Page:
Jogues, Isaac

The Columbia Encyclopedia, 6th ed.

Jogues, Isaac

Isaac Jogues (Saint Isaac Jogues) (ēzäk´ zhôg), 1607–46, French Jesuit missionary and martyr in the New World; one of the Jesuit Martyrs of North America. He arrived in Quebec in 1636 and immediately was sent to Christianize the Huron on Georgian Bay. In 1641 he journeyed N to Sault Ste Marie, which he named. On his return from a journey to Quebec in 1642, the party was captured by the Iroquois; several were killed, and the rest were subjected to cruel tortures. Jogues was held captive until July, 1643, when he was ransomed by the Dutch and brought to New Amsterdam; from there he embarked for France. Later he returned to Canada. In Apr., 1646, he was sent among the Mohawks as an ambassador of peace. He discovered Lake George, which he named Lac du St. Sacrement. In May, 1646, he returned to Quebec to make plans for establishing a mission among the Mohawks. On his return, accompanied by Father Jean Lalande, he was met by a hostile band of Mohawks near the present Auriesville, N.Y., where both priests were murdered. Feast: Sept. 26 or (among the Jesuits) Mar. 16.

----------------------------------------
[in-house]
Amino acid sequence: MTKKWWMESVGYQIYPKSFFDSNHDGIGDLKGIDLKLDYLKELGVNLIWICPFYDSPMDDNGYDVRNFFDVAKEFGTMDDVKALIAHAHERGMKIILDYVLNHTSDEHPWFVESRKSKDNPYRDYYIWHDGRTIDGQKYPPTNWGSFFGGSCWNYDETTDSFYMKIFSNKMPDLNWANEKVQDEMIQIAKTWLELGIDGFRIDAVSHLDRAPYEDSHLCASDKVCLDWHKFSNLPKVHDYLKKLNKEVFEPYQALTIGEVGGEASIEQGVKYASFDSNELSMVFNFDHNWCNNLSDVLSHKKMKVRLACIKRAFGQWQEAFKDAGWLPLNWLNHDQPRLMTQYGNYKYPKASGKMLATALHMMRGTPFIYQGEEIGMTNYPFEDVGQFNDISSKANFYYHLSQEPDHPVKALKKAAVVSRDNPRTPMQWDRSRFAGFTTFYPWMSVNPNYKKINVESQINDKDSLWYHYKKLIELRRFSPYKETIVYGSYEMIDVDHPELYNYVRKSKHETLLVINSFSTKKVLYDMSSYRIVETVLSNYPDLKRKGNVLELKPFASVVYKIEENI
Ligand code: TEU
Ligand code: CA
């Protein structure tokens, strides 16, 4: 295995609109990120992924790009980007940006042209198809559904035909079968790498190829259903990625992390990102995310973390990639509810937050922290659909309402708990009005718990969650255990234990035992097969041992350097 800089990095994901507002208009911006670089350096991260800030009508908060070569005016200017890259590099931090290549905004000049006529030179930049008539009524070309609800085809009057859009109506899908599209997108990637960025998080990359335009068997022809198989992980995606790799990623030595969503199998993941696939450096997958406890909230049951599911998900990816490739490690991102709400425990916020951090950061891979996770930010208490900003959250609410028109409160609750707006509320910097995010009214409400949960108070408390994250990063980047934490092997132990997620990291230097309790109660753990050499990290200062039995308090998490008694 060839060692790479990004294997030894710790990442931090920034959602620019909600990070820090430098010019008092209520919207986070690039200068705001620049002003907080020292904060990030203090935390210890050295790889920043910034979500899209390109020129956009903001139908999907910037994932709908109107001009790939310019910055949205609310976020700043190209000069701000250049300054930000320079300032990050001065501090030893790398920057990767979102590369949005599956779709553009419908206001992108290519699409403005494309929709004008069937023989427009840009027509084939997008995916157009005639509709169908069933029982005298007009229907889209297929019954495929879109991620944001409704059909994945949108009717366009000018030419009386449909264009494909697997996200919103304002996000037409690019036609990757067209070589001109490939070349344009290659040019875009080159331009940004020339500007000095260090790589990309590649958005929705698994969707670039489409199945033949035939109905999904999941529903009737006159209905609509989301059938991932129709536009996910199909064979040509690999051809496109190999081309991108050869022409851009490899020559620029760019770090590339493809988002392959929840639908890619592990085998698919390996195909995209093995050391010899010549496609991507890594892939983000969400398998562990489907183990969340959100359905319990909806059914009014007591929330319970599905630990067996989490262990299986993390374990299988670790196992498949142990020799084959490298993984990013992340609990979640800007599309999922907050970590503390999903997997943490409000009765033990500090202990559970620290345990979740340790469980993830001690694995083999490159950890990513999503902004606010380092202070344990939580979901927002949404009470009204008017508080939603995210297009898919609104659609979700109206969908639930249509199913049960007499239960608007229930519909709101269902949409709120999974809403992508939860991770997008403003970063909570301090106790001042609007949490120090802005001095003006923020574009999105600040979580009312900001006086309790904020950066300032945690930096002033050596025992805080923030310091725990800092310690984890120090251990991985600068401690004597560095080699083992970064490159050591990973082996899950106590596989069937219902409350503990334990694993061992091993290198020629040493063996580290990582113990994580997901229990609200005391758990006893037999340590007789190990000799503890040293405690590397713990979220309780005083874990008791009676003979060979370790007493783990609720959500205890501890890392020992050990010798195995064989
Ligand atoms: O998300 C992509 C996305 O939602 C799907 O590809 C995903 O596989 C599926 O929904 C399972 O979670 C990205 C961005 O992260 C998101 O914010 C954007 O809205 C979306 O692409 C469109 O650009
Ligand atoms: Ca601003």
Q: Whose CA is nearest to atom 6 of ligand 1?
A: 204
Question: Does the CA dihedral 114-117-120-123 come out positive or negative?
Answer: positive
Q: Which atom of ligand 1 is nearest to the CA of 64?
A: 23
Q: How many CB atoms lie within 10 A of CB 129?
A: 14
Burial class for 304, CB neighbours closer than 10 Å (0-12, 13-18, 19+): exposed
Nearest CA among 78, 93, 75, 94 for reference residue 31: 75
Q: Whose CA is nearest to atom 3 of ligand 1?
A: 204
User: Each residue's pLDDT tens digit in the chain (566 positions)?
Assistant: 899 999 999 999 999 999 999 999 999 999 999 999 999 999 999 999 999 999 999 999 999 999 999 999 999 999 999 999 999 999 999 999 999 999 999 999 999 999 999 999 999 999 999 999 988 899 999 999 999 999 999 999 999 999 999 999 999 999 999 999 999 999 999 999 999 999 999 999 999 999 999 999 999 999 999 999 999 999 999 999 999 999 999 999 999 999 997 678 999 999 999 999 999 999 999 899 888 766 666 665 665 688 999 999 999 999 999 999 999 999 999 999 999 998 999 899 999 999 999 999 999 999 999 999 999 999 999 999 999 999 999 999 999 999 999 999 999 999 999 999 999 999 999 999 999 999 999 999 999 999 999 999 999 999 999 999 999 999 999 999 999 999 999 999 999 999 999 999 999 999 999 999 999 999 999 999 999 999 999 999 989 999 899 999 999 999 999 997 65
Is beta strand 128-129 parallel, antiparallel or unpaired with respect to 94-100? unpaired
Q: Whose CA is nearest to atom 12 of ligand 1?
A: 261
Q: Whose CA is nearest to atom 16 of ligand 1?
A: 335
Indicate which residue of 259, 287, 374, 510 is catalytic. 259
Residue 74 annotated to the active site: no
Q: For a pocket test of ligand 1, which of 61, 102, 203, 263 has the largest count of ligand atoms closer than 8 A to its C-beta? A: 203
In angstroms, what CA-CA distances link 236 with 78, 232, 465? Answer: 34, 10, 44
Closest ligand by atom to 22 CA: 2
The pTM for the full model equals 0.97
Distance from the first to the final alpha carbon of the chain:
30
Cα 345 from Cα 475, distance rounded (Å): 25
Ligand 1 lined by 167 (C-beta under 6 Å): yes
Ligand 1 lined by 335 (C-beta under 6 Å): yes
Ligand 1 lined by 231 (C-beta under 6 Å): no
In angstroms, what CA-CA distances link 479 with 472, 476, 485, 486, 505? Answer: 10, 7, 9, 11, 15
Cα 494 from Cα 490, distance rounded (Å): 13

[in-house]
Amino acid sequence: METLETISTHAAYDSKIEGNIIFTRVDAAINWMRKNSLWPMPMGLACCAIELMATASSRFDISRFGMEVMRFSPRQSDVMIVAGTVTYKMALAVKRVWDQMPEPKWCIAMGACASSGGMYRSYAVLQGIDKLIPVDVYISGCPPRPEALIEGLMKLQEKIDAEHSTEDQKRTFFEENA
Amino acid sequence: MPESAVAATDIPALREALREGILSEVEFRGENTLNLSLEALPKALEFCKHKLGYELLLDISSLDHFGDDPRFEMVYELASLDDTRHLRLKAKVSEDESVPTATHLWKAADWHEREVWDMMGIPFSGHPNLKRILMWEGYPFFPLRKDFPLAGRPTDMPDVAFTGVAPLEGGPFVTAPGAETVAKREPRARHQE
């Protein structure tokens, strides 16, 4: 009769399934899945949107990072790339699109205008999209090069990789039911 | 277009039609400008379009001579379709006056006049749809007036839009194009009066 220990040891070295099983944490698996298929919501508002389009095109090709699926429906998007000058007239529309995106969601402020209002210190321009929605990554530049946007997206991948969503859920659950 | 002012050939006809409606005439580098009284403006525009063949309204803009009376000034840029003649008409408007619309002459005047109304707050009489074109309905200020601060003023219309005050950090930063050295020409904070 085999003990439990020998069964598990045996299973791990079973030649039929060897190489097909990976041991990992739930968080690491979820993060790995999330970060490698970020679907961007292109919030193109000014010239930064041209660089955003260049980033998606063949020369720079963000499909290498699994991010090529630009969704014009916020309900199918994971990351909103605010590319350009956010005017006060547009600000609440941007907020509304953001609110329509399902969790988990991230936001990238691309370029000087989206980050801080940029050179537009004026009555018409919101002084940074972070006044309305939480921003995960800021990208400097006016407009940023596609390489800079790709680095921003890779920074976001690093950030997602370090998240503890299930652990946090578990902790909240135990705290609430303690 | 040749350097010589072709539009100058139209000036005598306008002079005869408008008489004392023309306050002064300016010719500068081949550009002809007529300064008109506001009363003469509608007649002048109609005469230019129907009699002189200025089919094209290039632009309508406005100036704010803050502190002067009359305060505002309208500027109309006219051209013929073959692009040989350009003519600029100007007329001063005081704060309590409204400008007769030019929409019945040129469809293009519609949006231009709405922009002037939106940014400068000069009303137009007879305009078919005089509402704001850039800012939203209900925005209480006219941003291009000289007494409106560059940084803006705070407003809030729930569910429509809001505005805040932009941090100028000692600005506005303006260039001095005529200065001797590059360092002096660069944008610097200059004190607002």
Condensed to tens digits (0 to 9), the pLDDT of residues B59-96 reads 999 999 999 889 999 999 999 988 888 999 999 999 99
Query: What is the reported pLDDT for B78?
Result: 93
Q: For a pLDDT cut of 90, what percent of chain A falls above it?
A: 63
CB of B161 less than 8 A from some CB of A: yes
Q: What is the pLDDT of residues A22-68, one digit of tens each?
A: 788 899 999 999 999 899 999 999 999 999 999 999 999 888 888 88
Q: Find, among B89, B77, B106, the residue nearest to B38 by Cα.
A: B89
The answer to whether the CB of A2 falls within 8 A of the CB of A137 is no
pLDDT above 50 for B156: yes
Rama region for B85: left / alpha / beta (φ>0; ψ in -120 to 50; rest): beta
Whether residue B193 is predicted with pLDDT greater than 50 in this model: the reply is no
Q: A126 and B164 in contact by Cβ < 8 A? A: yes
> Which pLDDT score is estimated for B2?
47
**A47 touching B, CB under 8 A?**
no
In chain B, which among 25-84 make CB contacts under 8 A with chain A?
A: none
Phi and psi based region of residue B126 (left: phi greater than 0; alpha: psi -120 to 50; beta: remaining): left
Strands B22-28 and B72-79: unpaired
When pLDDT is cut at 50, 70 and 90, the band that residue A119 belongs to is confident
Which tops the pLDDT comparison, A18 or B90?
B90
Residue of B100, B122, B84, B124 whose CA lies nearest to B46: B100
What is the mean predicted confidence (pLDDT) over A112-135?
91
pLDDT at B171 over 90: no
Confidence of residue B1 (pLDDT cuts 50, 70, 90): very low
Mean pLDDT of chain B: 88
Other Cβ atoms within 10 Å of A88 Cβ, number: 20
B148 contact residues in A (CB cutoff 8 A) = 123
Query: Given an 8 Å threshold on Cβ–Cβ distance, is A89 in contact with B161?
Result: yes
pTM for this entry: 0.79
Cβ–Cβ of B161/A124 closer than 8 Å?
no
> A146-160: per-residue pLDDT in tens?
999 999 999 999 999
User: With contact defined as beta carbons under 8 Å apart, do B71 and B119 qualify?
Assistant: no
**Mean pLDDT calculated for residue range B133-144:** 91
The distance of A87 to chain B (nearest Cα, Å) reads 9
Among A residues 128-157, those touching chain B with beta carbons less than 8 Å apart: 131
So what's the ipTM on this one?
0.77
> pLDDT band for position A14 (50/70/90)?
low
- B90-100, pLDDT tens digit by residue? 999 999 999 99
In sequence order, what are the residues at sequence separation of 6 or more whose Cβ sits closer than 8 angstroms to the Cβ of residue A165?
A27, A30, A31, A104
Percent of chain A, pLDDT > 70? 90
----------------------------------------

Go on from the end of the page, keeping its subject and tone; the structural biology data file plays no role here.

See G. D. Kittler, Saint in the Wilderness (1964).

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